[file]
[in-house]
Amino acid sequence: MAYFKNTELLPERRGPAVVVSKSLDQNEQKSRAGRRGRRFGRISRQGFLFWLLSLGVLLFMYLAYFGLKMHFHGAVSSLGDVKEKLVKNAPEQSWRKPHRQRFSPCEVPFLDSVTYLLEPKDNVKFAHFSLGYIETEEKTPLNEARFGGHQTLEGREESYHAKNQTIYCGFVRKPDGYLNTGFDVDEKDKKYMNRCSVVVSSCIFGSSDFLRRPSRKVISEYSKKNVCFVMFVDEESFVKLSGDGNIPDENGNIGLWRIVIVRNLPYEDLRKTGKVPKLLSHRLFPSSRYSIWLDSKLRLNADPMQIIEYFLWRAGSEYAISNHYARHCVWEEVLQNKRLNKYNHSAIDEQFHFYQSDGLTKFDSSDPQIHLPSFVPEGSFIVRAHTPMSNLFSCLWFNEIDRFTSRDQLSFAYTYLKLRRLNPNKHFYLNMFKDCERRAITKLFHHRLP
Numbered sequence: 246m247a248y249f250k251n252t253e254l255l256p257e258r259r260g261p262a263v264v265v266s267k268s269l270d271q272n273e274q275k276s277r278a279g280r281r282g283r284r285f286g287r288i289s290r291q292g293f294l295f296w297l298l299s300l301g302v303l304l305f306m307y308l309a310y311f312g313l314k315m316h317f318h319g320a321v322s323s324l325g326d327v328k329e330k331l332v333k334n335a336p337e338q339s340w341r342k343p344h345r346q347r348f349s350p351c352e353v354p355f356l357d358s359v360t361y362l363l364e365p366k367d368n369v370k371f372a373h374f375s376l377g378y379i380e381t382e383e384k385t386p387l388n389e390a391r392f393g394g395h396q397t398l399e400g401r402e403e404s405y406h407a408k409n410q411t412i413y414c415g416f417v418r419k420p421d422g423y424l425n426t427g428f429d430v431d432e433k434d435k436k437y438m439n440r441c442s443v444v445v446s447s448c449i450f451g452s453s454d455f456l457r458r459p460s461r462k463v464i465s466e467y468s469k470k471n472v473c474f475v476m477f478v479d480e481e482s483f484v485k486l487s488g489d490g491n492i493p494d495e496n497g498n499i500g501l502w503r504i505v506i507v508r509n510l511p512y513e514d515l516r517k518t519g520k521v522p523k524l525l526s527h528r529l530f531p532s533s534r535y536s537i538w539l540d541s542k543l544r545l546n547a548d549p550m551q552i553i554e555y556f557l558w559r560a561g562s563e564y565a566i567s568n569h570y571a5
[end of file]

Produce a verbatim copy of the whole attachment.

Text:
[in-house]
Amino acid sequence: MAYFKNTELLPERRGPAVVVSKSLDQNEQKSRAGRRGRRFGRISRQGFLFWLLSLGVLLFMYLAYFGLKMHFHGAVSSLGDVKEKLVKNAPEQSWRKPHRQRFSPCEVPFLDSVTYLLEPKDNVKFAHFSLGYIETEEKTPLNEARFGGHQTLEGREESYHAKNQTIYCGFVRKPDGYLNTGFDVDEKDKKYMNRCSVVVSSCIFGSSDFLRRPSRKVISEYSKKNVCFVMFVDEESFVKLSGDGNIPDENGNIGLWRIVIVRNLPYEDLRKTGKVPKLLSHRLFPSSRYSIWLDSKLRLNADPMQIIEYFLWRAGSEYAISNHYARHCVWEEVLQNKRLNKYNHSAIDEQFHFYQSDGLTKFDSSDPQIHLPSFVPEGSFIVRAHTPMSNLFSCLWFNEIDRFTSRDQLSFAYTYLKLRRLNPNKHFYLNMFKDCERRAITKLFHHRLP
Numbered sequence: 246m247a248y249f250k251n252t253e254l255l256p257e258r259r260g261p262a263v264v265v266s267k268s269l270d271q272n273e274q275k276s277r278a279g280r281r282g283r284r285f286g287r288i289s290r291q292g293f294l295f296w297l298l299s300l301g302v303l304l305f306m307y308l309a310y311f312g313l314k315m316h317f318h319g320a321v322s323s324l325g326d327v328k329e330k331l332v333k334n335a336p337e338q339s340w341r342k343p344h345r346q347r348f349s350p351c352e353v354p355f356l357d358s359v360t361y362l363l364e365p366k367d368n369v370k371f372a373h374f375s376l377g378y379i380e381t382e383e384k385t386p387l388n389e390a391r392f393g394g395h396q397t398l399e400g401r402e403e404s405y406h407a408k409n410q411t412i413y414c415g416f417v418r419k420p421d422g423y424l425n426t427g428f429d430v431d432e433k434d435k436k437y438m439n440r441c442s443v444v445v446s447s448c449i450f451g452s453s454d455f456l457r458r459p460s461r462k463v464i465s466e467y468s469k470k471n472v473c474f475v476m477f478v479d480e481e482s483f484v485k486l487s488g489d490g491n492i493p494d495e496n497g498n499i500g501l502w503r504i505v506i507v508r509n510l511p512y513e514d515l516r517k518t519g520k521v522p523k524l525l526s527h528r529l530f531p532s533s534r535y536s537i538w539l540d541s542k543l544r545l546n547a548d549p550m551q552i553i554e555y556f557l558w559r560a561g562s563e564y565a566i567s568n569h570y571a5